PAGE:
Over the course of the pandemic, the Trump administration has shelled out billions of dollars to boost manufacturing for COVID-19 therapies and vaccines—sometimes to eyebrow-raising effect. One deal, in particular—with an unknown company for generic COVID-19 drugs—came as quite the surprise.
In May, the Department of Health and Human Services' Biomedical Advanced Research and Development Authority (BARDA) unveiled a $354 million contract with Virginia-based Phlow Corporation to build a generic medicine and active pharmaceutical ingredients (API) plant in Richmond, Virginia and supply COVID-19 treatments produced there.
Phlow, unknown prior to the administration's interest, teamed up with CivicaRx, a generics maker started by hospitals fed up with rising drug prices, and API supplier AMPAC, among others. CivicaRx and its partners will manufacture the finished dosage forms of essential medications, including vials and syringes.
The contract can be expanded up to 10 years and a total of $812 million, making it among the largest in BARDA's history. The partnership "immediately enabled" Phlow to deliver 1.6 million doses of five generic drugs used to treat hospitalized COVID-19 patients to the U.S. Strategic National Stockpile, the company said, including sedatives for patients on ventilators.
What was most surprising about Phlow's sales pitch was its explicitly nationalist marketing. In an online mission statement, for instance, Phlow said it intends its work to "help our nation secure its own strategic drug reserve ... and to reduce the U.S.’s dependency on foreign supply chains."
In his retelling of how Phlow secured its landmark contract, CivicaRx CEO Martin Van Trieste said Phlow's CEO Eric Edwards struck up a conversation with him more than a year earlier to discuss producing generic medicines.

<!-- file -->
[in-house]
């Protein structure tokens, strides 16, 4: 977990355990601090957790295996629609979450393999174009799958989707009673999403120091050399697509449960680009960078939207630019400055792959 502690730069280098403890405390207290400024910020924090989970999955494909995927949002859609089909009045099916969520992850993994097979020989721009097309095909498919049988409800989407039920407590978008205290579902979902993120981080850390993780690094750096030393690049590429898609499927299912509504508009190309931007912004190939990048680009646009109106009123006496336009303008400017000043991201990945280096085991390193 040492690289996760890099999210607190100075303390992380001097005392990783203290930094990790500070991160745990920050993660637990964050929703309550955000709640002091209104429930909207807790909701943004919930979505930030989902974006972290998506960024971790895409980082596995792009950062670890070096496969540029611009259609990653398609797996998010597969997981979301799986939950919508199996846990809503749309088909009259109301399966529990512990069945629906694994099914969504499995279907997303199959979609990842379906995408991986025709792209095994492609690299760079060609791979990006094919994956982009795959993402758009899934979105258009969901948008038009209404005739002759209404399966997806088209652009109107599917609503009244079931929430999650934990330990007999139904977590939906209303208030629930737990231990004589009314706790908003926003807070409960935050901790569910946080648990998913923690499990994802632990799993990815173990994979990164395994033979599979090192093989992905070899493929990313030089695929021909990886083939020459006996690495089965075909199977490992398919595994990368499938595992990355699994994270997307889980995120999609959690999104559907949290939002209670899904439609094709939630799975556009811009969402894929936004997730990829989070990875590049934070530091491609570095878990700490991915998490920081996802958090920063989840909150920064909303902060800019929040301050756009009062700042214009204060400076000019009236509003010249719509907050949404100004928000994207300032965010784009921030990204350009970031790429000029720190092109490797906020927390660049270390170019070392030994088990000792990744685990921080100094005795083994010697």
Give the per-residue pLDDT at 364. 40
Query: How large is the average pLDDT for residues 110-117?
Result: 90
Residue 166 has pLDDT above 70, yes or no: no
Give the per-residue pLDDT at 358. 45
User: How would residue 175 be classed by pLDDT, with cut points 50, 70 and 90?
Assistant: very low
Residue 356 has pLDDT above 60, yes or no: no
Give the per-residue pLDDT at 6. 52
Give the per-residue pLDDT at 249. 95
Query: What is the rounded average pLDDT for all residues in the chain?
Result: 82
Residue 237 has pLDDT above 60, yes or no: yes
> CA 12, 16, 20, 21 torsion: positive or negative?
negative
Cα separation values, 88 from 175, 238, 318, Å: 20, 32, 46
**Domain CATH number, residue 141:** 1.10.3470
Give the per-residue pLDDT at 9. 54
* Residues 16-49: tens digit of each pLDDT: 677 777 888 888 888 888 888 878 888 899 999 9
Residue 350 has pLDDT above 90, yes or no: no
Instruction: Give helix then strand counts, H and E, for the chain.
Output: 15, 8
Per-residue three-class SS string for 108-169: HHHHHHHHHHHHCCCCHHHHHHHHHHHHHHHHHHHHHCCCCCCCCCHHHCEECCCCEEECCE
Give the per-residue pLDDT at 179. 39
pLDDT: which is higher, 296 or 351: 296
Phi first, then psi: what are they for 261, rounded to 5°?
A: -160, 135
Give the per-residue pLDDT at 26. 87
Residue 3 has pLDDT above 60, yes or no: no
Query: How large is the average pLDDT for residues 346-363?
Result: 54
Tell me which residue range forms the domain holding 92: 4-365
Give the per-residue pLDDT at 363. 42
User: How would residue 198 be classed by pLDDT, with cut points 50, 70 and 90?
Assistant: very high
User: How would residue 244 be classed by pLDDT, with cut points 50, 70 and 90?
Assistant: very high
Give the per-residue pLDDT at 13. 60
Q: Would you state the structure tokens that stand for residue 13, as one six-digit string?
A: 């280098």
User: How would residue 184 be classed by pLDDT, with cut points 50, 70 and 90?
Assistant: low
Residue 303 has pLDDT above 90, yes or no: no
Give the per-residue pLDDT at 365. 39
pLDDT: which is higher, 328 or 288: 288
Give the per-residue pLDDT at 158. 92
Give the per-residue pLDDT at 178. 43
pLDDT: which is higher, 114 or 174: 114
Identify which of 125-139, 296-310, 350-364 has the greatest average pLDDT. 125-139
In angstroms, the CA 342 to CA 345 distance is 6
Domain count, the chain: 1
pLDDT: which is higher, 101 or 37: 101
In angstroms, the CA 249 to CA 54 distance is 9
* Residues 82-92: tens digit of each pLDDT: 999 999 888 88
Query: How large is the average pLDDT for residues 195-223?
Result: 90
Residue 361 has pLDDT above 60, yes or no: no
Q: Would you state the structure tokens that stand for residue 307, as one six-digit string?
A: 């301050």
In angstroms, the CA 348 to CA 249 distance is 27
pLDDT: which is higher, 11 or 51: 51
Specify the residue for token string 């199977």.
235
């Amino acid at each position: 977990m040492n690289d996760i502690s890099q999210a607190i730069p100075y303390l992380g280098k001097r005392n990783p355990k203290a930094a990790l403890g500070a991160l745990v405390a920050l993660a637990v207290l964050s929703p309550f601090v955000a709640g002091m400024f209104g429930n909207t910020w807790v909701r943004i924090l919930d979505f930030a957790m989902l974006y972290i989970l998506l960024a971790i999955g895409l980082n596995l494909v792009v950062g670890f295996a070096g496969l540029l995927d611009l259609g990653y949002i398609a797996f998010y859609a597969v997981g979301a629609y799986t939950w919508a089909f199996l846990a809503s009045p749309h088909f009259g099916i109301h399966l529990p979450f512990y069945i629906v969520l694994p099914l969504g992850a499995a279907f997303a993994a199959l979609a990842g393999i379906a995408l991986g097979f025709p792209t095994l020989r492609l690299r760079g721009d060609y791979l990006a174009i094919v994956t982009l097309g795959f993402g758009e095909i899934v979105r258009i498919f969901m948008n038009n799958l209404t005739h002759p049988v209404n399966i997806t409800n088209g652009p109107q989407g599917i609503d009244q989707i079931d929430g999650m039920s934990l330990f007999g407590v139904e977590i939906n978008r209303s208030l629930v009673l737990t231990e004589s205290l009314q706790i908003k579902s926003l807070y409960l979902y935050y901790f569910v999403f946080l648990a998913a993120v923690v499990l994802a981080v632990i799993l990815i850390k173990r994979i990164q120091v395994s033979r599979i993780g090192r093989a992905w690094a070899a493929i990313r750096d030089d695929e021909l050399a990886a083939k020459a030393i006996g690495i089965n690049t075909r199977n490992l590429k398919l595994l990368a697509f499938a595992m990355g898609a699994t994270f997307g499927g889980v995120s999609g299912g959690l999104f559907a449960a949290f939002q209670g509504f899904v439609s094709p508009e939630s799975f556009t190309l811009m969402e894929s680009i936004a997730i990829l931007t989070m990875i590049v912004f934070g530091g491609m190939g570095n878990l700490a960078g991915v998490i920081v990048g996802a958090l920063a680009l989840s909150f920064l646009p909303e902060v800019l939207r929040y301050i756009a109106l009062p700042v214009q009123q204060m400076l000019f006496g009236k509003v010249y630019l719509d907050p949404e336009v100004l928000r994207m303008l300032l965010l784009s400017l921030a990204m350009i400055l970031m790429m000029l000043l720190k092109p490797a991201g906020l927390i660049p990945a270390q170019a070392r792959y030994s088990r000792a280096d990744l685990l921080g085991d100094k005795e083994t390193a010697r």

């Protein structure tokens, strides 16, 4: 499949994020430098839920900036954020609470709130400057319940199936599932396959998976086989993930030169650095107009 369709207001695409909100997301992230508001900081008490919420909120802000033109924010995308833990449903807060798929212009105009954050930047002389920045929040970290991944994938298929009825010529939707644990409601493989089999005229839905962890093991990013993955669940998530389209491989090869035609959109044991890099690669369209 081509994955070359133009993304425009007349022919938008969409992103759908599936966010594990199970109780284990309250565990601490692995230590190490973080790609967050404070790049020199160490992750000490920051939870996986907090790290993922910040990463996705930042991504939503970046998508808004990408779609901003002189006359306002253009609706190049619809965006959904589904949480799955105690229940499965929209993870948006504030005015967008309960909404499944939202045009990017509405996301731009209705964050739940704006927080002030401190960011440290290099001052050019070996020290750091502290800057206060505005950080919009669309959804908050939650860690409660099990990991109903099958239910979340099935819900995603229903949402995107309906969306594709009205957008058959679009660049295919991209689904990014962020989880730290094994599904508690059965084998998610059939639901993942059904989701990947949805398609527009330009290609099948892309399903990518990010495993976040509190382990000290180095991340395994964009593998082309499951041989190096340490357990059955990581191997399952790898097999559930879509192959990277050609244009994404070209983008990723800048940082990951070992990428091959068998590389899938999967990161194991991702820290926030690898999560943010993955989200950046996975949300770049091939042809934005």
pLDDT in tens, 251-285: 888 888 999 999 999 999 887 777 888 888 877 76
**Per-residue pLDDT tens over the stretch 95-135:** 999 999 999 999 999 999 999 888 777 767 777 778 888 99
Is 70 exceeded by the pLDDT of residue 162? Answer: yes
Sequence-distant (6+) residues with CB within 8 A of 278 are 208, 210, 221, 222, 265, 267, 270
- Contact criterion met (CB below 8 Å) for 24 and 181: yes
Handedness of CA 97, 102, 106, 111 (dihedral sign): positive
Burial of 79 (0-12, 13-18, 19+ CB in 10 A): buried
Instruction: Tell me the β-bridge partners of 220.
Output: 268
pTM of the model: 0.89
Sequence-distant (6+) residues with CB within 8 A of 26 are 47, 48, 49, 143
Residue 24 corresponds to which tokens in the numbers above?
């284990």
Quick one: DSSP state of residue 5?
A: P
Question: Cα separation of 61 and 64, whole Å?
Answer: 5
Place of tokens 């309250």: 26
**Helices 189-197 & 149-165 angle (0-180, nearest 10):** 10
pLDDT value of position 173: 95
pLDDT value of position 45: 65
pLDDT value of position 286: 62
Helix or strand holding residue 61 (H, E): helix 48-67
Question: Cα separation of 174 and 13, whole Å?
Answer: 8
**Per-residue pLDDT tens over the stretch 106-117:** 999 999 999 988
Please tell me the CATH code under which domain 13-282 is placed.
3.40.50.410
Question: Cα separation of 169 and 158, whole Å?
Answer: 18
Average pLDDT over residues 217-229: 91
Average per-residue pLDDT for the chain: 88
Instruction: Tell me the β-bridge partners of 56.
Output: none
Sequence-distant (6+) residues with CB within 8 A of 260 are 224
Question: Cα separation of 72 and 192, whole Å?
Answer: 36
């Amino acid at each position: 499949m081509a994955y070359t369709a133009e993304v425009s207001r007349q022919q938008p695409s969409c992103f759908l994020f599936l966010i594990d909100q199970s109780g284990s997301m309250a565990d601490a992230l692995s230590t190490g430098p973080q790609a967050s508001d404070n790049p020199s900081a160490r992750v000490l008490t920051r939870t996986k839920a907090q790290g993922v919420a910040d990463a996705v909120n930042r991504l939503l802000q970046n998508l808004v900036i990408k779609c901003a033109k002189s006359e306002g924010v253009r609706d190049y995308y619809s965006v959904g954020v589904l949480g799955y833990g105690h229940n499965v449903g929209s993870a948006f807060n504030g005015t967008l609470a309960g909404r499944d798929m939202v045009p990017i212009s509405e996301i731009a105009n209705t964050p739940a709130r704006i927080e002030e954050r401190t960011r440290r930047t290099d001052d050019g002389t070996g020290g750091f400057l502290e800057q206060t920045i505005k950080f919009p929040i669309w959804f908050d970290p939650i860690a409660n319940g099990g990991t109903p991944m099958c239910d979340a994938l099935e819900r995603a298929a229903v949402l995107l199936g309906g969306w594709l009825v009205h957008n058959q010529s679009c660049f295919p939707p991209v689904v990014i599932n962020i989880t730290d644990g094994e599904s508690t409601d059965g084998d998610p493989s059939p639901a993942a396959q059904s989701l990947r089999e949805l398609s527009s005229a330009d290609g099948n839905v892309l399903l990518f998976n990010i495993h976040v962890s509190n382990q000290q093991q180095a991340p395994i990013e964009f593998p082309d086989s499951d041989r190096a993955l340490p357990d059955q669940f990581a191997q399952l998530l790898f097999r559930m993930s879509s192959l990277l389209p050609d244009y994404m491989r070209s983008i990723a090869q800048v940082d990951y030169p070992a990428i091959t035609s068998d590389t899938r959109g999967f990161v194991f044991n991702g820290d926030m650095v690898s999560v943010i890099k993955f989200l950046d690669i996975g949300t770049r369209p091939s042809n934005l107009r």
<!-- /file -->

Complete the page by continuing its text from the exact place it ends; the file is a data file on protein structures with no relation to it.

Edwards “wanted to know if I would teach him the Civica model,” Van Trieste said soon after the deal was announced. “So we brought him in to shadow us, and he started learning about the over-reliance in the pharmaceutical supply chain on foreign suppliers.” The two companies started discussing the possibility of creating a national stockpile of APIs, Van Trieste said.
Before Phlow, Edwards was best known as CEO at Kaléo, notorious for launching an EpiPen competitor and later raising its price 700%. Price increases on its naloxone injector Evzio made the company a target of U.S. legislators and pharmacy benefits manager Express Scripts.
Phlow, it turns out, was one of a growing group of manufacturers targeted by the Trump administration as part of an "onshoring" effort to drive U.S. drug production amid COVID-19 lockdowns and growing geopolitical tensions with overseas providers.
The government's investment arm, the U.S. International Development Finance Corporation (DFC), announced a $765 million loan in May to camera maker Kodak to fuel its entry into generic pharmaceuticals. A series of questionable stock moves around that loan spurred an investigation by House Democrats and the Securities and Exchange Commission, but Kodak cleared itself of allegations in September.
The DFC halted the loan after the investigations were announced and has not indicated whether it is still pursuing the deal.